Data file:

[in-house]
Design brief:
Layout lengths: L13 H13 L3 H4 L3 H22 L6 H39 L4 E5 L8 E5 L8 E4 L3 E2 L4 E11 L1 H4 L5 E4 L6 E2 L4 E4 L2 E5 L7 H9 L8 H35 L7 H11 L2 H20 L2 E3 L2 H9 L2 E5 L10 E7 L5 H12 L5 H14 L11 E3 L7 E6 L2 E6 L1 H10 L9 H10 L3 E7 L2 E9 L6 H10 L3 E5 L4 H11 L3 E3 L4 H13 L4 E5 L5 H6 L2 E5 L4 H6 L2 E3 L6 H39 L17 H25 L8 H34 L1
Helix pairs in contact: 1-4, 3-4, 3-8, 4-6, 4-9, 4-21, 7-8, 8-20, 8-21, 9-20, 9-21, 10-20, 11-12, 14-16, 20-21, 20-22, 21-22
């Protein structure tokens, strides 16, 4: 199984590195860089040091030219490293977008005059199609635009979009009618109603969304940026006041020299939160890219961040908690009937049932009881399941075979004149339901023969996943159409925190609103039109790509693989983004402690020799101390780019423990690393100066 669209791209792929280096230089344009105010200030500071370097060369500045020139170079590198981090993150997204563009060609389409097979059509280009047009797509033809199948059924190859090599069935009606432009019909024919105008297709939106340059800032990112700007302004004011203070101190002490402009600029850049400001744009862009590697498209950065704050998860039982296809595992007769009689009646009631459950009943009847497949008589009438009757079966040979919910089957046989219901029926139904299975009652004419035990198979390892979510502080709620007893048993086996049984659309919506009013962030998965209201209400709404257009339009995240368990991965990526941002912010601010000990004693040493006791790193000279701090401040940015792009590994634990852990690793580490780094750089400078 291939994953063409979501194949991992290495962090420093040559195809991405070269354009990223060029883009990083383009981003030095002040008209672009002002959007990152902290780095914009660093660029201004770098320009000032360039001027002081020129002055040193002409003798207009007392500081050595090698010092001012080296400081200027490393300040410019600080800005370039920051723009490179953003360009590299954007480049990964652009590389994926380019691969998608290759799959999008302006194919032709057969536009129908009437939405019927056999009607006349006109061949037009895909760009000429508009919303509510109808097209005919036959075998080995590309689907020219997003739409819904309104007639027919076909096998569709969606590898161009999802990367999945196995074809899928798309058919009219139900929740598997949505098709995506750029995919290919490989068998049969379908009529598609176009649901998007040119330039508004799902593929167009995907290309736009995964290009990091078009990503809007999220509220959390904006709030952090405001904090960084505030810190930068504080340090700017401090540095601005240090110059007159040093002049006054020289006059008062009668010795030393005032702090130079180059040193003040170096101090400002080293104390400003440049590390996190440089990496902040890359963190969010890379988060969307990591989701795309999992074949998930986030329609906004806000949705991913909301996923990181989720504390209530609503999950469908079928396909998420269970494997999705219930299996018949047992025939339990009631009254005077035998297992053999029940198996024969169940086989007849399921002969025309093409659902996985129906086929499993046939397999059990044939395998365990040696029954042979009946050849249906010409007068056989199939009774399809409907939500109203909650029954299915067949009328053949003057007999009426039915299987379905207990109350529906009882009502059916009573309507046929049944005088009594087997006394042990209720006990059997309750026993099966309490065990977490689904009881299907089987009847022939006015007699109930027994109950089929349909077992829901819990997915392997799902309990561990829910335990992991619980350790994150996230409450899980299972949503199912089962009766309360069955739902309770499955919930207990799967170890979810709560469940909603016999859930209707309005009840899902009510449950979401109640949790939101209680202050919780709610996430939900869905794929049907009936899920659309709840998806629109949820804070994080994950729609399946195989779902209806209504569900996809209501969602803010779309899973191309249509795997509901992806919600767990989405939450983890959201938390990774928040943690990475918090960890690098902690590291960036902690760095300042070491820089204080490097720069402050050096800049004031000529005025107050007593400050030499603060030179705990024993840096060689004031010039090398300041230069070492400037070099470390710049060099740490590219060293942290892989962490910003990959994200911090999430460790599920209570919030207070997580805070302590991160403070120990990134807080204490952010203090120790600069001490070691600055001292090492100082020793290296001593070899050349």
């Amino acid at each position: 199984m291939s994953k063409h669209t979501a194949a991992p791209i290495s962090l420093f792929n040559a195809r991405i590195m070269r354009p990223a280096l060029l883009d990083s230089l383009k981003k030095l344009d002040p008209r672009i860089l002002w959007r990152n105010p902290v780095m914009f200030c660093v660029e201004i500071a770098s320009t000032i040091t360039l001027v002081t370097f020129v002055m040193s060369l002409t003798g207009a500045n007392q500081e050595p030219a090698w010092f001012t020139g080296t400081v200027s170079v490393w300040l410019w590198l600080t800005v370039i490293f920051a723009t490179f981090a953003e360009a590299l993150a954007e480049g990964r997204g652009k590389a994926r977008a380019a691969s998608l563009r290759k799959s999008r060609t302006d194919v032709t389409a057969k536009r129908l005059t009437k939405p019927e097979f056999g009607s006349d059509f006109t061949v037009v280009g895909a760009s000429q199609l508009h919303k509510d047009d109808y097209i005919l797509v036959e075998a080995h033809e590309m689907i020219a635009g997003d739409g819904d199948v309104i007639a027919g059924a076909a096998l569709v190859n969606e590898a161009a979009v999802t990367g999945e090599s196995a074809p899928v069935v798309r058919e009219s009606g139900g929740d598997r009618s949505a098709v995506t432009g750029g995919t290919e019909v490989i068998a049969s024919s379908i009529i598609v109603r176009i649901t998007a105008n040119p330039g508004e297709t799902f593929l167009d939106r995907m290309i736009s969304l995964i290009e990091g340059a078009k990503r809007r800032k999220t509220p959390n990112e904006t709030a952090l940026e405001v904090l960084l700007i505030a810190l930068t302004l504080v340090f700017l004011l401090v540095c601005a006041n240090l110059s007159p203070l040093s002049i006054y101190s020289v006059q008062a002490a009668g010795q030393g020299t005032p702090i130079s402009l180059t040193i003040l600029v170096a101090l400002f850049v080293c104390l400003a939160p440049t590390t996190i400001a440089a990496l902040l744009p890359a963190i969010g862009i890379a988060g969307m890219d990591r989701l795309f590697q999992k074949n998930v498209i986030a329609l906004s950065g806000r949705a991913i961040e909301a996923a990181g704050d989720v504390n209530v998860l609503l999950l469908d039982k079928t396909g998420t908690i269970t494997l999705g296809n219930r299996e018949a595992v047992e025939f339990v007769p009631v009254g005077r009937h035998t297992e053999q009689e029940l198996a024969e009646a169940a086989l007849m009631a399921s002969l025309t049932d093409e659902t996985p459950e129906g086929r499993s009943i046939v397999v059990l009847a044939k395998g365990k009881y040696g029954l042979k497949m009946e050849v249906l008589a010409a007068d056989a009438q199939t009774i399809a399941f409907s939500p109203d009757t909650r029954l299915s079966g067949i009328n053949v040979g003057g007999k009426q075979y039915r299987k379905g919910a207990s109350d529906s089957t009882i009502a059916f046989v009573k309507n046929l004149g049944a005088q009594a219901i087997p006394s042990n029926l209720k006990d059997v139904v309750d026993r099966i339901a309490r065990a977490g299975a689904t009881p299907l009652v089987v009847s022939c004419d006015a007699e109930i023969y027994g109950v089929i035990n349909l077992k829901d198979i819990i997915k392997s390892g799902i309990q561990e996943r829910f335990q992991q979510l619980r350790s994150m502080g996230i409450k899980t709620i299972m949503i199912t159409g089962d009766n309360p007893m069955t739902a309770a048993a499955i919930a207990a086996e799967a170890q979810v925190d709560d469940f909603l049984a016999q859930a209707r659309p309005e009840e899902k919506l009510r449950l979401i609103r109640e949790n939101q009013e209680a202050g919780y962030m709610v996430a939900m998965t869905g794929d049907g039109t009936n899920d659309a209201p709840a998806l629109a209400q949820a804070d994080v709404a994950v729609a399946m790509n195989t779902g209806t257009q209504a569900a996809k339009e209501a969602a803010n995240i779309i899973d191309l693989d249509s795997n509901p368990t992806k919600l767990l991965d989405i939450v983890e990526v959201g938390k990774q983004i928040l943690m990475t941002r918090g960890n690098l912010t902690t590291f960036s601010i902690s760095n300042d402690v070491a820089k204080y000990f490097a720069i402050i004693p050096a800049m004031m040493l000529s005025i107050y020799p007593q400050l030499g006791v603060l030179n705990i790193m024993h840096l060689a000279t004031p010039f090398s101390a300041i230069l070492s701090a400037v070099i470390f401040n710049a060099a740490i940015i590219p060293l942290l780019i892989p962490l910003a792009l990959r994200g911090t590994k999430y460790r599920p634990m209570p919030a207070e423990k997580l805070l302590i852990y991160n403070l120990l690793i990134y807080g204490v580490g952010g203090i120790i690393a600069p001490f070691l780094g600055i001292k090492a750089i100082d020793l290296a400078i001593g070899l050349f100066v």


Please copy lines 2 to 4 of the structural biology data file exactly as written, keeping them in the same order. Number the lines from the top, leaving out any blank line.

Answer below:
Design brief:
Layout lengths: L13 H13 L3 H4 L3 H22 L6 H39 L4 E5 L8 E5 L8 E4 L3 E2 L4 E11 L1 H4 L5 E4 L6 E2 L4 E4 L2 E5 L7 H9 L8 H35 L7 H11 L2 H20 L2 E3 L2 H9 L2 E5 L10 E7 L5 H12 L5 H14 L11 E3 L7 E6 L2 E6 L1 H10 L9 H10 L3 E7 L2 E9 L6 H10 L3 E5 L4 H11 L3 E3 L4 H13 L4 E5 L5 H6 L2 E5 L4 H6 L2 E3 L6 H39 L17 H25 L8 H34 L1
Helix pairs in contact: 1-4, 3-4, 3-8, 4-6, 4-9, 4-21, 7-8, 8-20, 8-21, 9-20, 9-21, 10-20, 11-12, 14-16, 20-21, 20-22, 21-22